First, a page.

Sunday, September 11, 2011

Dissertating and Summer Eights

The rest of May was largely occupied by thesis writing and training for Summer Eights.  Early practices (and the subsequent breakfasts with my teammates) kept my sleep schedule regular and made the mornings pleasant and sociable.  They also enabled me to enjoy some of the abundant (for Oxford) sunshine that we got during that month, which otherwise I would have missed entirely, being locked in my room or in a library almost every day.  I was no longer confined to the cold, windowless basement of the Radcliffe Science Library, as my thesis topic did not require any manuscript consultation; instead I tended to seek the hushed airiness and slanting sunbeams of the upper Camera, where the relative privacy helped me to concentrate and the frequently-open windows relieved the tedium with soft breezes and occasional sounds from the many passers-by in the square below.  I had a lot of thoughts that were not related to my thesis when I was in this sanctum, but only occasionally did I remember to write them down.  I wonder how many brilliant or poignant ideas flitted through my mind then, only to be shoved aside as I forced my brain to focus on the task I had before me.


I suffered a back injury around the middle of May, as a result of some over-zealous erging, but as I was not about to stop training so near to Summer Eights, I began to see a physiotherapist named Chris up at Iffley Gym.  The injury was quite painful, very localised on the left side of my lower back, and it was actually difficult to twist or bend, but equally difficult to sit still for very long, which was frustrating when trying to write my thesis.  Strangely, rowing (as long as the boat was set) made it feel better rather than worse, and as long as I let someone else lift the boat for me, I could continue in my role as stroke without much difficulty.  The physiotherapist seemed to be part-chiropractor, as half of the time he pulled and twisted me in different directions and 'cracked my bones' in real Eddie-Izzard style, which I was surprised to discover actually did make my back feel better.  He also used some massage techniques, some ultrasound vibrations, and even some acupuncture, which I had never thought of trying before.  I was once again surprised by the relief it brought to the sprain in my back, and I talked to Chris at length about his training and techniques, so that by the end of my sessions with him I was, while not a complete convert, at least more favourably disposed toward such arts than I ever had been before.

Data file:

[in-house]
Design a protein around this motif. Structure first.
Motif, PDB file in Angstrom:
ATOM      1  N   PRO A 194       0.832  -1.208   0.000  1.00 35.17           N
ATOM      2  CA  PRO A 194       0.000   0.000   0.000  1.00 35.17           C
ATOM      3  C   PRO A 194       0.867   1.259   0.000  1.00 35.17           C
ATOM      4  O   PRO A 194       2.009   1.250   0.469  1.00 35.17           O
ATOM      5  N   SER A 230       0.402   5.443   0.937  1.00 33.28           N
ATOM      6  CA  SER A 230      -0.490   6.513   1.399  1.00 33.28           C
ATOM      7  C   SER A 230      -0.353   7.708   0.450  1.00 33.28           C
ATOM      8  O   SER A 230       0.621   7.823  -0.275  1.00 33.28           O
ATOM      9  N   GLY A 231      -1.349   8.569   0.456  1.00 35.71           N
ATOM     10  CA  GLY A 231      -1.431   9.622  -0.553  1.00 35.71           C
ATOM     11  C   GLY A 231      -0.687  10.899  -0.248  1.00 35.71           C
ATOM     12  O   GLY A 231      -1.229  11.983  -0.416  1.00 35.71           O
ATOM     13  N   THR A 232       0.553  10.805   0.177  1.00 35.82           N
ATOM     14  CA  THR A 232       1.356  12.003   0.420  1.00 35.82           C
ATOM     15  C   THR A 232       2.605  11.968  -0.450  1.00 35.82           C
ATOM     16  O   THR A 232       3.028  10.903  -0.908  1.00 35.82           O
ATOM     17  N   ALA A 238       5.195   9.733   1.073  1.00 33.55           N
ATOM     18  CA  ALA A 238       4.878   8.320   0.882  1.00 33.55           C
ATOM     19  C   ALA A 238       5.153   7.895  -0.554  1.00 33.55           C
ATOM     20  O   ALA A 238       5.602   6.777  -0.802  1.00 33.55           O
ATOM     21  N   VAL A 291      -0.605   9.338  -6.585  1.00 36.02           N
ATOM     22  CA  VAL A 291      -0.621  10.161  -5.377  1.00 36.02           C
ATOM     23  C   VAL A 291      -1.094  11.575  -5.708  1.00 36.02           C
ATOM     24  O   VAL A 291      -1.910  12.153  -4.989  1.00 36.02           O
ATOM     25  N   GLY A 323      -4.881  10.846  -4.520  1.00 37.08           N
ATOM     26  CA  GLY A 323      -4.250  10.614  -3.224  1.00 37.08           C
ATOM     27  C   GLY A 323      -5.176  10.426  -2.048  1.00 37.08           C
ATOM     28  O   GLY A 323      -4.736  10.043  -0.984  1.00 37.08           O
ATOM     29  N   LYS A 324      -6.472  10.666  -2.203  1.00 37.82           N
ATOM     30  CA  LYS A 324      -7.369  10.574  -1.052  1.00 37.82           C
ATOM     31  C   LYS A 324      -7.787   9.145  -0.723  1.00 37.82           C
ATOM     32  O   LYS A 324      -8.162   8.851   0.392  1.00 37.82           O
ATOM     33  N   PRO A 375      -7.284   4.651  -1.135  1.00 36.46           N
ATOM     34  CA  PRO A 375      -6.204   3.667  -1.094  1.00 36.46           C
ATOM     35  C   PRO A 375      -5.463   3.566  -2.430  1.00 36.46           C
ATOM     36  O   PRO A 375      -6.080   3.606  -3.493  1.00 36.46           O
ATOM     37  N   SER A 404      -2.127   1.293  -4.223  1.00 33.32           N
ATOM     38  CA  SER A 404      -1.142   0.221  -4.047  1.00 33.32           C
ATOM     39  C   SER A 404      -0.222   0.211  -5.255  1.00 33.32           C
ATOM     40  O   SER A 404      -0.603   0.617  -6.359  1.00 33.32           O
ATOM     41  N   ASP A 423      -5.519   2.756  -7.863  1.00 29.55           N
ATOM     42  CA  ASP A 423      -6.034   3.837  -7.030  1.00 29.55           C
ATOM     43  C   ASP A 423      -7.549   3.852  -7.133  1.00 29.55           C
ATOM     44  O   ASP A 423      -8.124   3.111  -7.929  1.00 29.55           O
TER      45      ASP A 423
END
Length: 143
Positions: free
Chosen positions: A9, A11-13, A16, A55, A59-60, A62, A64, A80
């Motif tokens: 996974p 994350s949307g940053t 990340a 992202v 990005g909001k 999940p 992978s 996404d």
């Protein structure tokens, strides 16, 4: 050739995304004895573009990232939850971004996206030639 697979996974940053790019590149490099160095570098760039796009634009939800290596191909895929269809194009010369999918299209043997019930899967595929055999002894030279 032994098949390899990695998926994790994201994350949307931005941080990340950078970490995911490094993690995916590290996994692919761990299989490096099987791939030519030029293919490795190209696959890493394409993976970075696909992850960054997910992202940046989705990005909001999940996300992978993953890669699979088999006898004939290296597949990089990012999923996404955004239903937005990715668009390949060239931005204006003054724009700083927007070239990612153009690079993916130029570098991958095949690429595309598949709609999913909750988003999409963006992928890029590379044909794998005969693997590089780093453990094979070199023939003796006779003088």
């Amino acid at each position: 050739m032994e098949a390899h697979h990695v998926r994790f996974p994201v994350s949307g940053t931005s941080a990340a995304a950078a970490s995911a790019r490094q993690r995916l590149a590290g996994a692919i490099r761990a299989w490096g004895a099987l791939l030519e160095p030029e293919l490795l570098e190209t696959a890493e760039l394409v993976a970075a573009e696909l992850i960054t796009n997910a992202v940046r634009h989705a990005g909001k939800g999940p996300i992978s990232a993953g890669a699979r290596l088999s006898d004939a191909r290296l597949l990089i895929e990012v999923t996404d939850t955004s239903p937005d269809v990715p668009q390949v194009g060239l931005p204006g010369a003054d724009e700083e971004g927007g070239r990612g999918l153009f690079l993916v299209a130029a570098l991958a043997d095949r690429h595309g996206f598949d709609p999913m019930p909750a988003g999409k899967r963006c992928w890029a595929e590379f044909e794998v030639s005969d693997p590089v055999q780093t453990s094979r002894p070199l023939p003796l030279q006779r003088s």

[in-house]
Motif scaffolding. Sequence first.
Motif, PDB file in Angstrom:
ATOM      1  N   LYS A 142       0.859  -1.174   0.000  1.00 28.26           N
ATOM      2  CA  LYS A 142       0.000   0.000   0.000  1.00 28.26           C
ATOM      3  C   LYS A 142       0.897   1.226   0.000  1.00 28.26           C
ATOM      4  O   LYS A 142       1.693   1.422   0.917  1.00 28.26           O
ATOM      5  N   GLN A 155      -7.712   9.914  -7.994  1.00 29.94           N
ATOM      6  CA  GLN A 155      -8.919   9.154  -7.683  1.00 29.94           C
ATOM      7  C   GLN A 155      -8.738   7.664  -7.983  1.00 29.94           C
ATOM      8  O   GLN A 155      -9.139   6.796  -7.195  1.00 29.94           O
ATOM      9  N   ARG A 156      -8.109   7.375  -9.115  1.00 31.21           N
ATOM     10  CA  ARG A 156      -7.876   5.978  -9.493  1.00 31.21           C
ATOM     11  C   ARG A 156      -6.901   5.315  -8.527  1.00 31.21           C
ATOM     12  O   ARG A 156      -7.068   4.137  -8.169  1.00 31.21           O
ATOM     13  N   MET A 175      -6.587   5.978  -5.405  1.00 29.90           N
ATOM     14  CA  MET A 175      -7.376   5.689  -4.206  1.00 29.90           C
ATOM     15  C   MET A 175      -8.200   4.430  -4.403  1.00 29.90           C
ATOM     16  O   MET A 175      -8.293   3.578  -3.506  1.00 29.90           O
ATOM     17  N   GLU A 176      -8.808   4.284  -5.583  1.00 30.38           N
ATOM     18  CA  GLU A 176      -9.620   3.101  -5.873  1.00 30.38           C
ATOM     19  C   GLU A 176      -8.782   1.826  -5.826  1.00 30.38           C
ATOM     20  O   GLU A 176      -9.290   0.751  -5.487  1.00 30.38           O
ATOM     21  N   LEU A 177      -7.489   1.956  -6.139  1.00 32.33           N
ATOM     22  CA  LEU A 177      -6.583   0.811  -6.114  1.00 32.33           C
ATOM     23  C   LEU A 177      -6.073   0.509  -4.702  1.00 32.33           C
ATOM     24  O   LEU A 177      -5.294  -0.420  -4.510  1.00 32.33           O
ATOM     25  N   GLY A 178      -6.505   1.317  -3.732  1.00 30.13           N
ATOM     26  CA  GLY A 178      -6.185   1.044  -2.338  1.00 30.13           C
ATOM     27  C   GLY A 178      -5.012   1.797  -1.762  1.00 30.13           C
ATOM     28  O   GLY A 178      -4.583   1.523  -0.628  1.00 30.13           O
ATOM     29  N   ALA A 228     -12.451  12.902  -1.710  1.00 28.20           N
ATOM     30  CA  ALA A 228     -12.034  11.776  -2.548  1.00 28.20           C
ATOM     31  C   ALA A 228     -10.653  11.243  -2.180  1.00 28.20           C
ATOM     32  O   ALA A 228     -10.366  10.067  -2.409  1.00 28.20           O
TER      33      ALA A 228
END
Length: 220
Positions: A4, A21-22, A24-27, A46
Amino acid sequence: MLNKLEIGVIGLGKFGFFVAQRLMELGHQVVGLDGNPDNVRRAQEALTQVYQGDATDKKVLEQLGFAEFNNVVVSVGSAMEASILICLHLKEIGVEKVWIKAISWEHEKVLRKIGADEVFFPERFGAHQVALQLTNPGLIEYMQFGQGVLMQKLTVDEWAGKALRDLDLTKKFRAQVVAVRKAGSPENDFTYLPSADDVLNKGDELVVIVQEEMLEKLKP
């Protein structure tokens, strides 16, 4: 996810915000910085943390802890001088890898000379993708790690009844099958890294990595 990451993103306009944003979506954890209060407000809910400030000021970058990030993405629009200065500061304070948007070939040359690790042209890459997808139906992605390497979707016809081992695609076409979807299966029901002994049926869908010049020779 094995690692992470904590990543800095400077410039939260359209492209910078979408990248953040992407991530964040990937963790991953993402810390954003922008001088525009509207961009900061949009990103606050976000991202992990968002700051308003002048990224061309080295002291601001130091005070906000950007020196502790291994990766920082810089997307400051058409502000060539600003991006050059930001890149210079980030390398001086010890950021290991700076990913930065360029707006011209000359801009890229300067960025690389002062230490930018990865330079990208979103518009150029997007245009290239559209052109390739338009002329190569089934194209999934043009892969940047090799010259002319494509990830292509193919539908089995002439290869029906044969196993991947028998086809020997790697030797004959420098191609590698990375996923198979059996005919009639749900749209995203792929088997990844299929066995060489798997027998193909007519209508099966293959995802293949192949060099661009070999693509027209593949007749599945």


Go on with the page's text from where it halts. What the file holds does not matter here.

Amidst hard work and rowing, I tried to be as sociable as possible.  I participated in team dinners and movie nights (yay Finding Nemo!), took part in the MCR dessert competition (I made a delicious, though experimental, Dr. Pepper cake, but was soundly beaten by the chocolate-covered bacon, which was certainly awesome--and of course was an American contribution which the Brits had never heard of before), and attended a fascinating talk on the Wikileaks scandals.  I managed to largely ignore the fact that Michelle Obama came to visit Christ Church on the 25th, except that the helicopters buzzing around all afternoon alerted me that something was up.  I also helped the W1 put together a present for our coach that involved making South Park cartoons of ourselves...


On the 27th we had a boat-naming ceremony for our new blue boat.  It was christened the Ian Halliday, after a deceased Lincoln rower whose family had donated the money.  We had a lovely champagne and cranberry juice reception, while the lower boats were participating in the Rowing On races that determine placement in Eights.  I saw a number of "beer boats" (boats that are entered for fun instead of for competition, who generally dress in ridiculous costumes and I guess may be drunk) including one boys' boat all in drag (the stroke was in a bikini!) and one full of superheroes, and another of boys in waistcoats and golfer's caps.  I cheered for the W2 as they raced and for the M2 and M3 and W3 as they launched, and I helped another crew that had gotten their boat wedged under the dock to free themselves.  Then I finally excused myself to come back and work, and was walking up past the meadow mooing back at the cows when the Tree Lady beckoned to me.